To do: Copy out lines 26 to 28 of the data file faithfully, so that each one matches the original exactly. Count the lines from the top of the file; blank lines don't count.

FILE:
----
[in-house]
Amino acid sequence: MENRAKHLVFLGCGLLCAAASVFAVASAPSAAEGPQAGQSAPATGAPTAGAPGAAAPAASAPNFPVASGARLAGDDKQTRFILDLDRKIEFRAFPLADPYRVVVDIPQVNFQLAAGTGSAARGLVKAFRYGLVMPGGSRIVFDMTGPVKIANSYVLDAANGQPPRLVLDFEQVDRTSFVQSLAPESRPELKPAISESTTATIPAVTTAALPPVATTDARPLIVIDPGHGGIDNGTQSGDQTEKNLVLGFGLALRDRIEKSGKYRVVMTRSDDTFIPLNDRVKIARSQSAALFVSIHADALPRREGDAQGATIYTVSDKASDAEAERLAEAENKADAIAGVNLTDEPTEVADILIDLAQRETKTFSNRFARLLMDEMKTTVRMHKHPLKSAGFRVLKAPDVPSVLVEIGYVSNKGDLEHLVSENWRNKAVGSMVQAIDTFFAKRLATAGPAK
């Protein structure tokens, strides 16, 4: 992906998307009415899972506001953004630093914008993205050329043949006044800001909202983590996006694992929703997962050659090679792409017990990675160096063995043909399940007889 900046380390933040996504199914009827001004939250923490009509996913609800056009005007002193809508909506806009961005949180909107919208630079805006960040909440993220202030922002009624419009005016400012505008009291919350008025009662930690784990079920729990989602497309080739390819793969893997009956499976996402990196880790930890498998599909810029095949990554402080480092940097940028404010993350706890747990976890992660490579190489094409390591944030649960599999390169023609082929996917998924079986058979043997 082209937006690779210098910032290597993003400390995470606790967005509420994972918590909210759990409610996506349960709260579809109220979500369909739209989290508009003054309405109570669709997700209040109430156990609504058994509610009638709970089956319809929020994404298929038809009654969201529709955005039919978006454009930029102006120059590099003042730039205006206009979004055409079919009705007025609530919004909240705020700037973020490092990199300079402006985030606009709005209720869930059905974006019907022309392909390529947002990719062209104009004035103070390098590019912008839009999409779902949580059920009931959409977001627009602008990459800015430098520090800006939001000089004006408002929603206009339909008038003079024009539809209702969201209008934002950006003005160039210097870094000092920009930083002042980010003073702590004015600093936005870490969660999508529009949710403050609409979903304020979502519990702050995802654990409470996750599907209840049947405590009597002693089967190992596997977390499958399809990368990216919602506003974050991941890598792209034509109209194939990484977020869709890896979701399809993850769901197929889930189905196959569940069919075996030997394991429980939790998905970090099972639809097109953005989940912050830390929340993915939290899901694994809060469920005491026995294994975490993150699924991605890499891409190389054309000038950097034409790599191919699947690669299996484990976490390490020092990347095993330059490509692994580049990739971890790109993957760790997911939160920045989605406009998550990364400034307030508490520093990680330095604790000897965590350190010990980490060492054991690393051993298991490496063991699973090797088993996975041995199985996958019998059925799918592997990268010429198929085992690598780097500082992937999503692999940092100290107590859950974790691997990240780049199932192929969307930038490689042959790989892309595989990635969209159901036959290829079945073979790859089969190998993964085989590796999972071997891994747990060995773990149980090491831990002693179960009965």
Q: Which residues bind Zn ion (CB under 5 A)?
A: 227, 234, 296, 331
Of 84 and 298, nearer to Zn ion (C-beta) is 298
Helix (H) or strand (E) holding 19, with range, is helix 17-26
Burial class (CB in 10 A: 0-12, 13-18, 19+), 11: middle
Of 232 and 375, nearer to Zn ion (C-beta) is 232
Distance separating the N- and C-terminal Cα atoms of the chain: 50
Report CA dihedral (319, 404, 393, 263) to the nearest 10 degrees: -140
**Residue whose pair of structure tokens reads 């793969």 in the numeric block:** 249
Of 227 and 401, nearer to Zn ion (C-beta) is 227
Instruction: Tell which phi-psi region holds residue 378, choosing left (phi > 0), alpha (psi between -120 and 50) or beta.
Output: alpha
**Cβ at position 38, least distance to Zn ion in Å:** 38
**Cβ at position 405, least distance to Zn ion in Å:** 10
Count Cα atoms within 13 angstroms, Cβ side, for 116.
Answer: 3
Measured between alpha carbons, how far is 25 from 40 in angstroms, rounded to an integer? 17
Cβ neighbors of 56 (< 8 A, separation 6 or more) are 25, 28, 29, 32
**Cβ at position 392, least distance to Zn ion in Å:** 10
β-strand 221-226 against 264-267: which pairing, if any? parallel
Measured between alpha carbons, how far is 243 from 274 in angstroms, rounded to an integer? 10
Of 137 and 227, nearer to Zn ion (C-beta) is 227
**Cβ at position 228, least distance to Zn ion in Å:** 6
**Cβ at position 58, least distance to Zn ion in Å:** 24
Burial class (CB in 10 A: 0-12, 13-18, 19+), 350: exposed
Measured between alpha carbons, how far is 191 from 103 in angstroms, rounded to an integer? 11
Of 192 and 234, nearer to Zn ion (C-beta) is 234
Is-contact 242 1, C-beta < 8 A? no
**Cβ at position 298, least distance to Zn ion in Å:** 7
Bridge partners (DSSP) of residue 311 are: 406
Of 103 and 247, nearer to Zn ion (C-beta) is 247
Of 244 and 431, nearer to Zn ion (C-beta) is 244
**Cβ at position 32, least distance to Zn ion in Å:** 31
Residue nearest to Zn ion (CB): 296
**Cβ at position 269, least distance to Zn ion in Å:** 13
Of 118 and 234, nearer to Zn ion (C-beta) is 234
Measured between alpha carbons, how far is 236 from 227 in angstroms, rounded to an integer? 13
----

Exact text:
**Cβ at position 228, least distance to Zn ion in Å:** 6
**Cβ at position 58, least distance to Zn ion in Å:** 24
Burial class (CB in 10 A: 0-12, 13-18, 19+), 350: exposed